A “Market Driven Moratorium” on New Coal in US

May 28, 2013


This may already be old news to people who read this blog, but here it is again.


The building sector is set to use far less energy in the next three decades than previously thought, according to the 2013 Annual Energy Outlook (AEO) published by the U.S. Energy Information Administration (EIA).

Driven primarily by efficiency regulations for lighting and HVAC equipment, individual homes and commercial buildings show steady declines in energy use through 2040, says the agency. Architecture 2030, which crunches the numbers each year, has released a chart comparing 2013 projections with prior ones, declaring, “The building sector is tracking ahead of the 2030 reduction targets.”

“When I looked at the numbers and looked across the board at all the statistics, I just literally fell off my chair,” says Ed Mazria, FAIA, founder and CEO of Architecture 2030, which is known for its 2030 Challenge to radically curtail fossil-fuel consumption in the built environment. “Looking at projections out to 2030, we’re adding about 60 billion square feet, and the numbers are still flat.” That represents a 22.6% increase in building floor area, says the organization—a rate that attempts to take a slow recession recovery into account for the near term without giving it undue influence in the long term. (The model assumes an average annual growth of 2.5% in gross domestic product through 2040—projecting slightly slower recession recovery through 2015 than some other federal agencies and slightly faster recovery than others.)

“What this means is we have no need to add more electricity—no new power plants—to service the building sector today or in the near future,” reads an enthusiastic statement from Architecture 2030 about the AEO. EBN wanted to know how that’s possible as energy demand increases overall.

There’s more complexity to the picture, and the full article here discusses some of the details and caveats. A few devils exist, but the overall picture is that business as usual in the power industry has come to an end.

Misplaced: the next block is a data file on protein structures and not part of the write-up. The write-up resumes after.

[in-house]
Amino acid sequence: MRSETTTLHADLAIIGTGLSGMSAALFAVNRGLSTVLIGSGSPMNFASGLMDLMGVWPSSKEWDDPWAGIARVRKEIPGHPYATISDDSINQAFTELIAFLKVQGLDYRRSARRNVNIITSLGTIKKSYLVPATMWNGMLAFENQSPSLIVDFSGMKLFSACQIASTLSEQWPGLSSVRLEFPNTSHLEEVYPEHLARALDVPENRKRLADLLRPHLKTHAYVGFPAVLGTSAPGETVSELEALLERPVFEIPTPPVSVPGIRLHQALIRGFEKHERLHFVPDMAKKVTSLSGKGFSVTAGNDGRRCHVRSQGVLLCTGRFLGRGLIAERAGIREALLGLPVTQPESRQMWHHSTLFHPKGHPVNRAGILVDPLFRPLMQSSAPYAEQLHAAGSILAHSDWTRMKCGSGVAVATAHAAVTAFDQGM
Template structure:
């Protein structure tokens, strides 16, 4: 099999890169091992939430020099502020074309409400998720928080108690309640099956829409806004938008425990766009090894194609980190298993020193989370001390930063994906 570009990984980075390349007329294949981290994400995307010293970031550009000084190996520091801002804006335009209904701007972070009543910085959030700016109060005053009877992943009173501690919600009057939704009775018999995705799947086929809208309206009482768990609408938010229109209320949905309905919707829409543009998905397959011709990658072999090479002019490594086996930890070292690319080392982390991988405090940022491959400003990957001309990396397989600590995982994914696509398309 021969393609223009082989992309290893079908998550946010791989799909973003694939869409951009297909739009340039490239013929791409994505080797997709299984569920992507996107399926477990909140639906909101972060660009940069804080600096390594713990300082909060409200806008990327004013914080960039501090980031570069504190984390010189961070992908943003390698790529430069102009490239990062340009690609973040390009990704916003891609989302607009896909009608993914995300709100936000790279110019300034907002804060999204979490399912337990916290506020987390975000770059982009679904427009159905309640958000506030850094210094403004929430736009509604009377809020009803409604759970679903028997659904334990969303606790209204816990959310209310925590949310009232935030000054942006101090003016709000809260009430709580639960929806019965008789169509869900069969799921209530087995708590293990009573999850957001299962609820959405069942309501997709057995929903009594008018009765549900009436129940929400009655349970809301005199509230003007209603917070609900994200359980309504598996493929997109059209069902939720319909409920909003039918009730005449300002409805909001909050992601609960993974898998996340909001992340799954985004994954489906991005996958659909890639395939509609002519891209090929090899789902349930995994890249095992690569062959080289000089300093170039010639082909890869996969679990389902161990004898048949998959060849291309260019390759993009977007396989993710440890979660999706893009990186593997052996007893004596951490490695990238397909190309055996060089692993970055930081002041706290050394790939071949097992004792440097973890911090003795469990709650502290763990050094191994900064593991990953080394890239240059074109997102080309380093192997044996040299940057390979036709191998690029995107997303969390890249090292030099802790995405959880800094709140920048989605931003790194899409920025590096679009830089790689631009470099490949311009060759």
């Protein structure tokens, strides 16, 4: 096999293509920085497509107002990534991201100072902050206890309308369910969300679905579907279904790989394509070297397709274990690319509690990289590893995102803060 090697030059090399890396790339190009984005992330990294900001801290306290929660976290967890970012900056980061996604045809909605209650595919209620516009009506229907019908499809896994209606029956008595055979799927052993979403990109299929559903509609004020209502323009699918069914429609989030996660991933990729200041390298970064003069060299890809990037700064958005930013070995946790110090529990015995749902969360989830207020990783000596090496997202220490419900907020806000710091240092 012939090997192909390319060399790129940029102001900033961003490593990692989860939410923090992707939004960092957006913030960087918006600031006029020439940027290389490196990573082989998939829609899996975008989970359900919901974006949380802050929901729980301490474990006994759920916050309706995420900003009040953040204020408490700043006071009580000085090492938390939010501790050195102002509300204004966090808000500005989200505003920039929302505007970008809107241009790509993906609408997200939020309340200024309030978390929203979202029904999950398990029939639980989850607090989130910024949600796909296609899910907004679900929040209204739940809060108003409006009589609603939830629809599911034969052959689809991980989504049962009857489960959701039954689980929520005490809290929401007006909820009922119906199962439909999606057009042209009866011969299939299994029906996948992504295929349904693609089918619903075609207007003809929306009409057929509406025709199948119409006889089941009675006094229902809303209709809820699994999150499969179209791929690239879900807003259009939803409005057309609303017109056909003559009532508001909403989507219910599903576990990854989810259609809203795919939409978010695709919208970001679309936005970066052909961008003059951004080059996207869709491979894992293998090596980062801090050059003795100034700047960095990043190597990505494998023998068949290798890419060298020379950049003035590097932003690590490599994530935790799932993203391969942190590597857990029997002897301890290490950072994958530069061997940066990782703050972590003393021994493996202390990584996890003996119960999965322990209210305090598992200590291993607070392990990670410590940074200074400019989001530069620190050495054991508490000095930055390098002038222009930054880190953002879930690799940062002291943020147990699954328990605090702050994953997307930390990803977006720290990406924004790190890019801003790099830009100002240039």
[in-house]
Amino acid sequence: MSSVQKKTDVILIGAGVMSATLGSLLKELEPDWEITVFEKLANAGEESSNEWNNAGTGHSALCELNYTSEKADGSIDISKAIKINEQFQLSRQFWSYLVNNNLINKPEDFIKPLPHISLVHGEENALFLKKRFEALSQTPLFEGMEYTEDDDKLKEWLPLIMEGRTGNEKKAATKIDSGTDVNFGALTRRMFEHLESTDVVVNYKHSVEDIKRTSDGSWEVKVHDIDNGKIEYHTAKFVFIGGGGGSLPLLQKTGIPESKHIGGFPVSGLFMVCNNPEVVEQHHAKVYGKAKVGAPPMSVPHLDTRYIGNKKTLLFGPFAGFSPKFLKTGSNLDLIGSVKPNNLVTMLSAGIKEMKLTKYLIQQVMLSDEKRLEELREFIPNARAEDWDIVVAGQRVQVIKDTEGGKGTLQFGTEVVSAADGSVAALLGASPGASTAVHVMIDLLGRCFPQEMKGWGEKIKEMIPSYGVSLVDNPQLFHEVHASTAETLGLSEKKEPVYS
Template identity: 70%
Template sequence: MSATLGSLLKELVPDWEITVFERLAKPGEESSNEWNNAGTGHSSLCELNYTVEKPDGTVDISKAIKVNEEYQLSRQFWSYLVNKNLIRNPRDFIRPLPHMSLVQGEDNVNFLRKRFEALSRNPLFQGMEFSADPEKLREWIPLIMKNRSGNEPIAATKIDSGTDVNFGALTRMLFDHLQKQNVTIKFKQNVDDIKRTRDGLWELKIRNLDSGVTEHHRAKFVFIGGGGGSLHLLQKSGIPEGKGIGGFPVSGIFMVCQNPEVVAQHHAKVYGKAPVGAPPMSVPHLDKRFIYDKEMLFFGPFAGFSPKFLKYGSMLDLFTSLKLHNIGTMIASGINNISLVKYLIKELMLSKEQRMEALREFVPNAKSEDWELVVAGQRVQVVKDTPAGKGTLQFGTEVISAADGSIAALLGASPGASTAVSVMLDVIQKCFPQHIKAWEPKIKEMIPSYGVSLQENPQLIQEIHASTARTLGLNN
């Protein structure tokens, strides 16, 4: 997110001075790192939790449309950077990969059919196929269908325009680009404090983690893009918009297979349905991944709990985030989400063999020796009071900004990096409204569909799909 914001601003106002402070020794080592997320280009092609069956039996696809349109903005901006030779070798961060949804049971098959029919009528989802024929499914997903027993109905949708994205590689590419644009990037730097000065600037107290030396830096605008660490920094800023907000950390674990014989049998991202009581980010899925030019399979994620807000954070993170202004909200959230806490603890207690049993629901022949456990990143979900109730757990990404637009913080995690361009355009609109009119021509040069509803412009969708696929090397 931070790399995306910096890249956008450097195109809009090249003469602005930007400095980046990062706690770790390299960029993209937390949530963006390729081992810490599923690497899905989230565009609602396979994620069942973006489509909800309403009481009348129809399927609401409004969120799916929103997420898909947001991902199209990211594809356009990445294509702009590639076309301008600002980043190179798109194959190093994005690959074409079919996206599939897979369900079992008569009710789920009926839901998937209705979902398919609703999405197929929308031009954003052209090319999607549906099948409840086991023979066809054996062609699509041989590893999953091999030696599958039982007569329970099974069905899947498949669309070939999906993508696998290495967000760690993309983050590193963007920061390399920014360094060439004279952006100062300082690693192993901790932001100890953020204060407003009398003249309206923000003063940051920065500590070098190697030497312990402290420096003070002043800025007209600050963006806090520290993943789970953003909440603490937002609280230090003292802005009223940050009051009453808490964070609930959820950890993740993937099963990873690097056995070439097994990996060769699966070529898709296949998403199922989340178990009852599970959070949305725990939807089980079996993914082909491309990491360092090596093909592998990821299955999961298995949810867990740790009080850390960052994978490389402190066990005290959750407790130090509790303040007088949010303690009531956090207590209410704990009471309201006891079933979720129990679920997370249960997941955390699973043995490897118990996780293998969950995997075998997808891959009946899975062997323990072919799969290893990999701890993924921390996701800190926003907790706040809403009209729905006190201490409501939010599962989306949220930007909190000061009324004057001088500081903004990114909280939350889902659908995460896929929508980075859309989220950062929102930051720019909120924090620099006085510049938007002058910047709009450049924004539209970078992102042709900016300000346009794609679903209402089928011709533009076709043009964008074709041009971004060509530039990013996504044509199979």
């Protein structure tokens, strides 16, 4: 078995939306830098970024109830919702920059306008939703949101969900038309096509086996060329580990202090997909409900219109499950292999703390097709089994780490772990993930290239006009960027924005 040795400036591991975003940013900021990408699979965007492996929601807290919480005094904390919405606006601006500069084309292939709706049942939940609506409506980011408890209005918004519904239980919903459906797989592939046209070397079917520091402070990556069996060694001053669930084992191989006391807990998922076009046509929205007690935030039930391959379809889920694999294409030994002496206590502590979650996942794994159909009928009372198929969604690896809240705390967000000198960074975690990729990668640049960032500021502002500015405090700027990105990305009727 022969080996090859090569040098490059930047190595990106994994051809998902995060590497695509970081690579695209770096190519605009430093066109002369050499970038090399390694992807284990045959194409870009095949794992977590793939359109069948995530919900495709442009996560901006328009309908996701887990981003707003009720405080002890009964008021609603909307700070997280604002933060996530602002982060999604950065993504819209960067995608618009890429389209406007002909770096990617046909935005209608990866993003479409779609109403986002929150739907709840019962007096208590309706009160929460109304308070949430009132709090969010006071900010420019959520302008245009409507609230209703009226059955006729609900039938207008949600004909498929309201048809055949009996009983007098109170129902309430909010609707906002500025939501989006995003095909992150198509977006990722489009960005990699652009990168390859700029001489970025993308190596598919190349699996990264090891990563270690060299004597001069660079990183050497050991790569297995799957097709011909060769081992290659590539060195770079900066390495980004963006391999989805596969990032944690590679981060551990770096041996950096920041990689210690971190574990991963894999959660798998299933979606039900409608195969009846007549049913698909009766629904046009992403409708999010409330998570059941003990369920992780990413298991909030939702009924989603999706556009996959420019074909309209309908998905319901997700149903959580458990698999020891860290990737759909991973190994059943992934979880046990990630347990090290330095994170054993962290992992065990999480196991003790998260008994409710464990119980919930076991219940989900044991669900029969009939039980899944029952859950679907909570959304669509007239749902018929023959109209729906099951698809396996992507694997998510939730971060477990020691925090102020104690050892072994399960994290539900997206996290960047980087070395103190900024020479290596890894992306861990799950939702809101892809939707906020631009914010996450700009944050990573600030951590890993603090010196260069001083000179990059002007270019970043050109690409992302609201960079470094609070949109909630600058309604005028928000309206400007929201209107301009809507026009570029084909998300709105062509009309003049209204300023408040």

“We are seeing a market-driven moratorium on more plants,” Mazria argues. “Duke Energy, the largest utility in the country, just shelved three nuclear plants they were going to build, and they’re talking about phasing out coal plants and not replacing them.” (Duke serves a region of the country hit hard by the recession, though, and new power plants are being built in California, Nevada, and other Western states.)

He also pointed out that the reference case is quite conservative, assuming only that current policies will stay in place as written, but he believes that what EIA calls “high demand technology” is very much in play.

“I think we’re already building to Energy Star standards,” and a 25% better shell by 2040 is definitely “doable,” he said. “The reference case has come down every year. I predict it will come down even further.” And coal plants that are phased out where energy demand is still high will likely be replaced with renewables, he adds, “so I think we’ve reached an incredible milestone today. We’re talking about—on a national scale—not really increasing our generating capacity. Maybe actually decreasing the need.”



4 Responses to “A “Market Driven Moratorium” on New Coal in US”

  1. Nick Carter Says:

    More good news! Love it.

  2. andrewfez Says:

    I think I made a comment on here a year or so ago that said something like, ‘Americans are so wasteful when it comes to energy use that it would be ‘easy’ to reduce usage if there were motivation…’

    I recall RMI talking about existing gas turbine plants whose designs were out of date, having been conceived at a time when energy was cheap, that could be retrofitted using yesterdays tech to become more efficient.

    Then there’s Larry Hartweg’s Zero Energy designs he came up with in the late 1970’s regarding homes that have less need for expensive heating and cooling by using a ‘Thermal Buffer Zone’ that uses simple air/heat flow ideas that keep an inner chamber (living area) from getting too hot or cold from exterior forcing:

  3. twemoran Says:

    The NIC report forecasts a 50% increase in global energy requirements by 2030

    “Demand for resources will increase owing to an increase in global population from 7.1
    billion today to about 8 billion by 2030. Demand for food set to rise 35 percent; energy 50 percent over the next 15-20

    This, unfortunately is the report political types will use to justify their decisions, at least in the States.



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